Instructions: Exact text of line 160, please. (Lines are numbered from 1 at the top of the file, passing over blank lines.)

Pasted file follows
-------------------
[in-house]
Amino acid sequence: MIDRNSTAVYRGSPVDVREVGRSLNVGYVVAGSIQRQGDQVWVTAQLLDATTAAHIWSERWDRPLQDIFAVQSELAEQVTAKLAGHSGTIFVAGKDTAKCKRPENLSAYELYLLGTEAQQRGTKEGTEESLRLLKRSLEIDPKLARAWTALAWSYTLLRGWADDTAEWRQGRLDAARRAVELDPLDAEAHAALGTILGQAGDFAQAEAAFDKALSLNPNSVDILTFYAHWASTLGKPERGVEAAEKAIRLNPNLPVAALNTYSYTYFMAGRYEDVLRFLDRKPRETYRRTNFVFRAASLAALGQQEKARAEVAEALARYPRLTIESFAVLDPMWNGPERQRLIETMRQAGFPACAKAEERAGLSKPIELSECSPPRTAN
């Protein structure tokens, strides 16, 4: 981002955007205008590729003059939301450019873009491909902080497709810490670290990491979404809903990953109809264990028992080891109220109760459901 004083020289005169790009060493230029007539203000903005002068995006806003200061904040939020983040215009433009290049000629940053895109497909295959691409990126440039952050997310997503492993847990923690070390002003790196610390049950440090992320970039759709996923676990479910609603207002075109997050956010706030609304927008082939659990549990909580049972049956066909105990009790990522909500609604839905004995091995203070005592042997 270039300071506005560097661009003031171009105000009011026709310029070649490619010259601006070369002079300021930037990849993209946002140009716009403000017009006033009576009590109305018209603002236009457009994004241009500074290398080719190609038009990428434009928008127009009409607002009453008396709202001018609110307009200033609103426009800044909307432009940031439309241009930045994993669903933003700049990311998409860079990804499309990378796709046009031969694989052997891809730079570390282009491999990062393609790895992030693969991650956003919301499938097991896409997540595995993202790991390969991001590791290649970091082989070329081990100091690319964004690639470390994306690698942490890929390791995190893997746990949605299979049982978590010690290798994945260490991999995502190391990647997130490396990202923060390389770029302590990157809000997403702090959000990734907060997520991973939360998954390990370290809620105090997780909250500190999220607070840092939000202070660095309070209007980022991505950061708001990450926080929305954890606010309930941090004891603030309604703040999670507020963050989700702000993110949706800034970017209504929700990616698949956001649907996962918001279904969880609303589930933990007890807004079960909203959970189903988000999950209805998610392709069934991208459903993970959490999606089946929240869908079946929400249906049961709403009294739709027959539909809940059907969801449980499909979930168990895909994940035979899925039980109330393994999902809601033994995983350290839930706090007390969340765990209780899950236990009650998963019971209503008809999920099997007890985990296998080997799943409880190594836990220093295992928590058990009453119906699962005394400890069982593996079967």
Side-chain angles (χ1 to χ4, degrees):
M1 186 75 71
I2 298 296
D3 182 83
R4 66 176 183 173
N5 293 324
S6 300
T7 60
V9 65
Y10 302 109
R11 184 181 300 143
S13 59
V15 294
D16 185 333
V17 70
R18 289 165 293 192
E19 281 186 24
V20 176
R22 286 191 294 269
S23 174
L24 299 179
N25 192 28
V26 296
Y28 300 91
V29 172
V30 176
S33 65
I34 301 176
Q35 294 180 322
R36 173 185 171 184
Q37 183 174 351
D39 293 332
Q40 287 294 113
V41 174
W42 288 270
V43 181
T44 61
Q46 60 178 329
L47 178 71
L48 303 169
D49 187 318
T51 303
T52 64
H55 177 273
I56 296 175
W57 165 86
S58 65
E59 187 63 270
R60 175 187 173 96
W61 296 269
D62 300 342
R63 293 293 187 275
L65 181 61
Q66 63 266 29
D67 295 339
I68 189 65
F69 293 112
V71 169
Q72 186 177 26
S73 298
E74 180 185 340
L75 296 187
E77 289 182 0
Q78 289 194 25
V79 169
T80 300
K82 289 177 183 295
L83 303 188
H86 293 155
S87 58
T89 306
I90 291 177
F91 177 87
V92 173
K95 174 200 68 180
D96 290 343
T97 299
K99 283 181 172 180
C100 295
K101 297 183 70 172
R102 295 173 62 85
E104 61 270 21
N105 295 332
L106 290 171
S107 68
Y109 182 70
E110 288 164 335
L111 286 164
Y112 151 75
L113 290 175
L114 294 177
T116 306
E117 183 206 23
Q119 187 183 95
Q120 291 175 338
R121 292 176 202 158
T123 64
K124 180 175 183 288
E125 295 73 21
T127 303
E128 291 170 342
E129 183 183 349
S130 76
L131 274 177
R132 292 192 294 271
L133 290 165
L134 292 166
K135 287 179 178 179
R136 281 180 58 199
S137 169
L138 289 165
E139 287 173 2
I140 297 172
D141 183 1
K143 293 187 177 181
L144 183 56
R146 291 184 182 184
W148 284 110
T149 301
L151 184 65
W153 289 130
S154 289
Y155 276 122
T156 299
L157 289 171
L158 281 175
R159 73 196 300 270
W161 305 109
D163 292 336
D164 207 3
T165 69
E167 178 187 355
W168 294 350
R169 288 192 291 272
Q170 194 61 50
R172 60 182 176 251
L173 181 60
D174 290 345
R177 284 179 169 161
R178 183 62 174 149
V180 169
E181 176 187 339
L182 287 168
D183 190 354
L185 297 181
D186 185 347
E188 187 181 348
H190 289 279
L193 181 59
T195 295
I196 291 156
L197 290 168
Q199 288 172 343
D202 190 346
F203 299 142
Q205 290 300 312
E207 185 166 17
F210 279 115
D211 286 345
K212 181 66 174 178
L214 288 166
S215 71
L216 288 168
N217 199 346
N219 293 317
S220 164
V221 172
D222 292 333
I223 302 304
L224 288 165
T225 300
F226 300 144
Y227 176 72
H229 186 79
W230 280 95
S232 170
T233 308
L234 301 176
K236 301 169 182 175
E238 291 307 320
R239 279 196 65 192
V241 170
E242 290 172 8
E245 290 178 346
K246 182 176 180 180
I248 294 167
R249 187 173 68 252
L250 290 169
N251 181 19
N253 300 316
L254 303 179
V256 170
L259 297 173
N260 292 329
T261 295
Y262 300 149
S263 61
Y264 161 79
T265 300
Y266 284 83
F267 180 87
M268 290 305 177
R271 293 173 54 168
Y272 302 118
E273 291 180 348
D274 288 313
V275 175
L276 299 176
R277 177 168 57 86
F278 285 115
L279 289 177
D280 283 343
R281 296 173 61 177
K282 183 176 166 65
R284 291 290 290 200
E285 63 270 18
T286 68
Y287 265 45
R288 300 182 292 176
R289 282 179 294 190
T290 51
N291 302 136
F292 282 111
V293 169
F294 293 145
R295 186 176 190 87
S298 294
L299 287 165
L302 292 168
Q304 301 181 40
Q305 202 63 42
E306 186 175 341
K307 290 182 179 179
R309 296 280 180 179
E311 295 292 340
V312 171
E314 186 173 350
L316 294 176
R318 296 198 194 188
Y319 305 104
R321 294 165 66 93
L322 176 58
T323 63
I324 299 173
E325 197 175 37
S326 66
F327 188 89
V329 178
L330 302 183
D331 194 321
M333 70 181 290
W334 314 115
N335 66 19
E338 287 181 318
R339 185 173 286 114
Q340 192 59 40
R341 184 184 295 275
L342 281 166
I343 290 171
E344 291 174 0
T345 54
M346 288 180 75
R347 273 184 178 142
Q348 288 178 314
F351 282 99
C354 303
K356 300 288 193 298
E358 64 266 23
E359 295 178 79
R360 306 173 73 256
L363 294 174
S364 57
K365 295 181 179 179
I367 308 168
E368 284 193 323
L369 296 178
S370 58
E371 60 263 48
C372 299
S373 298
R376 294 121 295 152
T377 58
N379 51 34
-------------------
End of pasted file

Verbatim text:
E207 185 166 17